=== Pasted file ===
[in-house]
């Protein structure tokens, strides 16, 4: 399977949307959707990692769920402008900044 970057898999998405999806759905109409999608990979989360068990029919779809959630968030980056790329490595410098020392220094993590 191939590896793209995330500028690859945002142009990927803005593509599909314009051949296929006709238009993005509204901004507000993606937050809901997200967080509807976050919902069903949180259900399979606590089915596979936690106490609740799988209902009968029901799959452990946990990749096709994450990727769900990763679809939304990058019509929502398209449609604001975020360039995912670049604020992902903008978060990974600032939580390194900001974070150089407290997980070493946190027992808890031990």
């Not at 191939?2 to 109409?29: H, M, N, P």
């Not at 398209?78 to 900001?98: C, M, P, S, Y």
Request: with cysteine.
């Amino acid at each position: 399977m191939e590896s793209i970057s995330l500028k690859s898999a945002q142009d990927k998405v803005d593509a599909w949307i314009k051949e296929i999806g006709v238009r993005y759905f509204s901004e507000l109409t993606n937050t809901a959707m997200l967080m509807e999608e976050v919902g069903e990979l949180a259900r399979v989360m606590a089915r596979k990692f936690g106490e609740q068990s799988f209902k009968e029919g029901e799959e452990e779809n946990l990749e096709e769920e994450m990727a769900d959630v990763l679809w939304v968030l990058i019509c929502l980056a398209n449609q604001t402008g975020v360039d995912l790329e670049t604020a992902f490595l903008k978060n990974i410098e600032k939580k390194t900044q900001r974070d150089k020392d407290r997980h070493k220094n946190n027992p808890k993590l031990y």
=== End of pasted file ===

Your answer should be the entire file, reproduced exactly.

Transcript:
[in-house]
């Protein structure tokens, strides 16, 4: 399977949307959707990692769920402008900044 970057898999998405999806759905109409999608990979989360068990029919779809959630968030980056790329490595410098020392220094993590 191939590896793209995330500028690859945002142009990927803005593509599909314009051949296929006709238009993005509204901004507000993606937050809901997200967080509807976050919902069903949180259900399979606590089915596979936690106490609740799988209902009968029901799959452990946990990749096709994450990727769900990763679809939304990058019509929502398209449609604001975020360039995912670049604020992902903008978060990974600032939580390194900001974070150089407290997980070493946190027992808890031990």
């Not at 191939?2 to 109409?29: H, M, N, P």
């Not at 398209?78 to 900001?98: C, M, P, S, Y």
Request: with cysteine.
């Amino acid at each position: 399977m191939e590896s793209i970057s995330l500028k690859s898999a945002q142009d990927k998405v803005d593509a599909w949307i314009k051949e296929i999806g006709v238009r993005y759905f509204s901004e507000l109409t993606n937050t809901a959707m997200l967080m509807e999608e976050v919902g069903e990979l949180a259900r399979v989360m606590a089915r596979k990692f936690g106490e609740q068990s799988f209902k009968e029919g029901e799959e452990e779809n946990l990749e096709e769920e994450m990727a769900d959630v990763l679809w939304v968030l990058i019509c929502l980056a398209n449609q604001t402008g975020v360039d995912l790329e670049t604020a992902f490595l903008k978060n990974i410098e600032k939580k390194t900044q900001r974070d150089k020392d407290r997980h070493k220094n946190n027992p808890k993590l031990y």